GMB get involved after death of rugby league player

29 Sep 2010

Geoff Burrow, branch secretary of the Rugby League Players’ Association, who are part of the GMB and represent more than 700 rugby league players, said on Monday that more must be done to help victims of depression after the tragic death of Terry Newton.

The 31-year-old former Great Britain international was found hanging at his home near Wigan on Sunday, seven months after his career was ended by a drugs ban and a year after his younger sister Leanne died of pneumonia following heroin addiction.

Newton, a player with Leeds, Wigan, Bradford and Wakefield, was thought to have become depressed both by the end of his rugby career and problems in his domestic life.

Geoff Burrow, sports officer for the GMB union which has 703 affiliated members through the Rugby League Players’ Association, is hoping to meet the Rugby Football League to discuss a way forward after the Newton tragedy.

“Terry was a valued member and I spoke to him about three weeks ago after he enquired about a course for his nephew to go after rugby league,” he said. “I was waiting to hear back from him.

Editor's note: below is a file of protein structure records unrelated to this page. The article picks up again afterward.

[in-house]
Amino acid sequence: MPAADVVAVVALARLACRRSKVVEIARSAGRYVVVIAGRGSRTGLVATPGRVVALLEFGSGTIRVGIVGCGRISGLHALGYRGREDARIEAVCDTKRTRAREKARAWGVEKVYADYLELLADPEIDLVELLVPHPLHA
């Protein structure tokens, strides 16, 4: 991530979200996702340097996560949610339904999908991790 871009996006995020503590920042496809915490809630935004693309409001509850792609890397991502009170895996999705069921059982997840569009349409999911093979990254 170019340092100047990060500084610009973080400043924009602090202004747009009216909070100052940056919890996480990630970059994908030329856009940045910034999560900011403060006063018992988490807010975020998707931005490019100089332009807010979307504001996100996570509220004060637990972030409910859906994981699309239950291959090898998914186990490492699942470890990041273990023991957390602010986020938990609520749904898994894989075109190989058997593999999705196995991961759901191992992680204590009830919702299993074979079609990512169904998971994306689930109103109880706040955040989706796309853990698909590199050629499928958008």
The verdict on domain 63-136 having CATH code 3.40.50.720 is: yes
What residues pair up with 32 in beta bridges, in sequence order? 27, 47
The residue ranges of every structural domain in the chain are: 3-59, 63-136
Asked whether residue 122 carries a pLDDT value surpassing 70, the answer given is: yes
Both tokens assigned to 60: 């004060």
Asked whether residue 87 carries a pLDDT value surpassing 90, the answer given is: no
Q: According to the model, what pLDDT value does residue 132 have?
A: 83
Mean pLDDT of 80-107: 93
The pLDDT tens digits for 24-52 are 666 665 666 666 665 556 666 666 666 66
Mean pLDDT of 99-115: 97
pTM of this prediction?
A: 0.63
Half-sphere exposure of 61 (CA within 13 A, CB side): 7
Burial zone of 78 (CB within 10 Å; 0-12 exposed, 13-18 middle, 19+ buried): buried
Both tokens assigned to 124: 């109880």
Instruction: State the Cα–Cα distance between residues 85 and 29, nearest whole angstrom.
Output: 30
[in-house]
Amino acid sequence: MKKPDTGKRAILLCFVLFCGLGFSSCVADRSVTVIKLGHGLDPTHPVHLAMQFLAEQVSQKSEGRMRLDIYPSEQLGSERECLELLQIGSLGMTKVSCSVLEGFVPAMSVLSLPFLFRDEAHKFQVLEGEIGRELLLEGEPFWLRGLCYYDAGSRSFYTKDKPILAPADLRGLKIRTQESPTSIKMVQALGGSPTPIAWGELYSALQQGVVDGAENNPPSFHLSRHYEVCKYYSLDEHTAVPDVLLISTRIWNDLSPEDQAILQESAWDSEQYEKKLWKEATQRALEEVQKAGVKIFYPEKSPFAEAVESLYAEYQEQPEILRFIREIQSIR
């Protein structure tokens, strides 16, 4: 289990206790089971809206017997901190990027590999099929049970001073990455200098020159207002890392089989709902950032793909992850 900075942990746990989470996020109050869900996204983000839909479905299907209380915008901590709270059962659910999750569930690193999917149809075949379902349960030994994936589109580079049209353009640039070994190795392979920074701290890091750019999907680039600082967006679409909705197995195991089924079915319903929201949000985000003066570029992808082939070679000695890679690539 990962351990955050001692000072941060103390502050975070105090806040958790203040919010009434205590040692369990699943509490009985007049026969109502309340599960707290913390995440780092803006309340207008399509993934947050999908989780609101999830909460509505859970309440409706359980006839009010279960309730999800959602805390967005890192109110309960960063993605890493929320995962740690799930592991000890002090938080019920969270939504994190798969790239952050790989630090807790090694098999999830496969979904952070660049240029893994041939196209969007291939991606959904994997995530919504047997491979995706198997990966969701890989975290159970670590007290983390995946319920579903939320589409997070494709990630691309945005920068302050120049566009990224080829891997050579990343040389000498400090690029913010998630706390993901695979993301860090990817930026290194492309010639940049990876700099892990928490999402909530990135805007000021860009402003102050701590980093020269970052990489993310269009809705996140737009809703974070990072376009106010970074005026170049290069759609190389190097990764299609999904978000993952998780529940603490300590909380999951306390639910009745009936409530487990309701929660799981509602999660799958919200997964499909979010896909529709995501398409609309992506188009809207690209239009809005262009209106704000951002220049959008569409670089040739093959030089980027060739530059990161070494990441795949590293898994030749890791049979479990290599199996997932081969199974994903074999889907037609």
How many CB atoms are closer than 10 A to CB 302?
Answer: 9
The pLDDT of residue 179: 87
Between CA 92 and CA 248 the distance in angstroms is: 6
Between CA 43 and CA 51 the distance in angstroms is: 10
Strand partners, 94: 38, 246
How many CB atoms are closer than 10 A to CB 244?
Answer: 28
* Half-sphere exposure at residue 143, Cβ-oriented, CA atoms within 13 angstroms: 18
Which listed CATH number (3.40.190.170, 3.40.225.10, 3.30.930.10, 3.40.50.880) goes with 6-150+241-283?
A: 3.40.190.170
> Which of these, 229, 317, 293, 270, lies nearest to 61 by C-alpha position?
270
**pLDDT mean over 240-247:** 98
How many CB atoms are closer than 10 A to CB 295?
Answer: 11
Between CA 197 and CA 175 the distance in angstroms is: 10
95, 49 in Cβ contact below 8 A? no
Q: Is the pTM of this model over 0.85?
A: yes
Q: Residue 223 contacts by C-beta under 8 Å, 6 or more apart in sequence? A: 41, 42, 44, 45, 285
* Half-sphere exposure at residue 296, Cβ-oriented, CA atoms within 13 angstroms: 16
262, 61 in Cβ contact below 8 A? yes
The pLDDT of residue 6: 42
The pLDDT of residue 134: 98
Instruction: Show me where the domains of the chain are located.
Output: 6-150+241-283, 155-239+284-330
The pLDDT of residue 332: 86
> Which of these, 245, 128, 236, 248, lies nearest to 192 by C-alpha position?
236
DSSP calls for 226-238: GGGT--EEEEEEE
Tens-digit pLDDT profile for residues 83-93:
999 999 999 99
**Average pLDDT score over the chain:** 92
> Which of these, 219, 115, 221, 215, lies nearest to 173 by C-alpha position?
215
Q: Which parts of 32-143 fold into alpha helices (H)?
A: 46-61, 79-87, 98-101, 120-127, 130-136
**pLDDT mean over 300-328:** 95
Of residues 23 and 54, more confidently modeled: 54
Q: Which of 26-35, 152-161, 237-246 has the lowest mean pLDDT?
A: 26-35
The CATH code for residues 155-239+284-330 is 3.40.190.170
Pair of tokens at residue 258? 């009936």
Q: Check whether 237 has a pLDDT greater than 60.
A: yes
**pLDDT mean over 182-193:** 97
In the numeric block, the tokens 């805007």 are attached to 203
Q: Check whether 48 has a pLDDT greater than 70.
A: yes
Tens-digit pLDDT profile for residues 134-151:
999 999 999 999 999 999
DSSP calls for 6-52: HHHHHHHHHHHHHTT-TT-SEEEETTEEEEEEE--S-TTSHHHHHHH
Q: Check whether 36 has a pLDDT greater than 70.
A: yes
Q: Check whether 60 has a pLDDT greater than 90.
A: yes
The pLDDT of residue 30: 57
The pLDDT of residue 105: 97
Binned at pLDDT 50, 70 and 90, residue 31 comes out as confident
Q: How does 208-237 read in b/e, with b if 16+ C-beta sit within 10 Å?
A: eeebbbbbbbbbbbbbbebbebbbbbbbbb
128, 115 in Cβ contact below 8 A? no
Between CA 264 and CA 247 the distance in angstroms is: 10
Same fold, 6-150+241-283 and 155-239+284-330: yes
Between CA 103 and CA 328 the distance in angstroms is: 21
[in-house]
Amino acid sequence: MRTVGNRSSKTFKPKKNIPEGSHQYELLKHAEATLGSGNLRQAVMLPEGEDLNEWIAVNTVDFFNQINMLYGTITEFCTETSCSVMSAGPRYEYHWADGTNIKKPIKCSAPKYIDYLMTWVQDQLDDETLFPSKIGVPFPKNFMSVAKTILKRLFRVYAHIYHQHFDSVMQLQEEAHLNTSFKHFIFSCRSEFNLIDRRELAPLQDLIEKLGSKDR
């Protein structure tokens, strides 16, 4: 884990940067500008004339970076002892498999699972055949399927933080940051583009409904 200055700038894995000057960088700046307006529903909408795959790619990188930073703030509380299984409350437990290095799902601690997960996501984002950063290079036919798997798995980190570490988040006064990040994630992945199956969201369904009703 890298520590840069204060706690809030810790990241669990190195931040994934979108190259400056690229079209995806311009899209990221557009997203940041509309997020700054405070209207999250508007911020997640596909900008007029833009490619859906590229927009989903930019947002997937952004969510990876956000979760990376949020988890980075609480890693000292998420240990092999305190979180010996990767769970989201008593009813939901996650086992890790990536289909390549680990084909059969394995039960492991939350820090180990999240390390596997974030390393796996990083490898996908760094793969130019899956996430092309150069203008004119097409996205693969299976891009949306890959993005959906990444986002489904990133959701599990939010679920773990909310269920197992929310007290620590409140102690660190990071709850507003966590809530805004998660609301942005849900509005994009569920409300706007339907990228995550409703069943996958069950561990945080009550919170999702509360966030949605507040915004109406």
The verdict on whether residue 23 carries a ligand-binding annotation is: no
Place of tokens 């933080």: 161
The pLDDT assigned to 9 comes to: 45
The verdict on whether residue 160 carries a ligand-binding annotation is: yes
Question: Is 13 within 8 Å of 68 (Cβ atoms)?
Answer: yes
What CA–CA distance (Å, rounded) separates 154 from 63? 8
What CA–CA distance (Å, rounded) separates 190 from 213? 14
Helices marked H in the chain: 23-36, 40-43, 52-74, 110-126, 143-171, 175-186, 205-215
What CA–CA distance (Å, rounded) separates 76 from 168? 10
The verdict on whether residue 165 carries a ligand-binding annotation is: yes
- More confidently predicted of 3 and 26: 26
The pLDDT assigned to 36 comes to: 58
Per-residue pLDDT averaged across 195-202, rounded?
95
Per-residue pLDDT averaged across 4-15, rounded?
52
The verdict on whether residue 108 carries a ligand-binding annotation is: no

“We are always there to help, arranging courses and we’re also a shoulder to cry on, but you do wonder if you could have done more.

“I watched his recent television interview with Brian Carney again last night and you could see the pain etched on his face. He looked like he needed someone to put an arm around him. Depression is a terrible thing.

“We’ve got to get around the table with the RFL. While people may regret what they’ve done, we need to make sure that regret doesn’t turn into full-blown depression.

“If someone makes a mistake, while you can’t condone it, you can offer some help.

“If anything can come out of this, we’ve got to put something in place to make sure it doesn’t happen again to anyone.”

The Rugby Football League insisted though that Newton had not been abandoned following the imposition of his two-year ban.

“Every registered rugby league player has access to counselling services if they want them and at the start of every year they are given an information pack with details of those offers,” said RFL spokesman John Ledger.

“Terry will have been reminded of that counselling service.

“The RFL were also in dialogue with Terry about his offer to get involved with speaking to youngsters about the dangers of drugs.

“Nothing had been resolved, but it was an open dialogue and we were still speaking to him about it.”

“People in rugby league stayed close to him,” added Ledger. “He was not left high and dry.”

Article Courtesy of the Morning Star 28/9/2010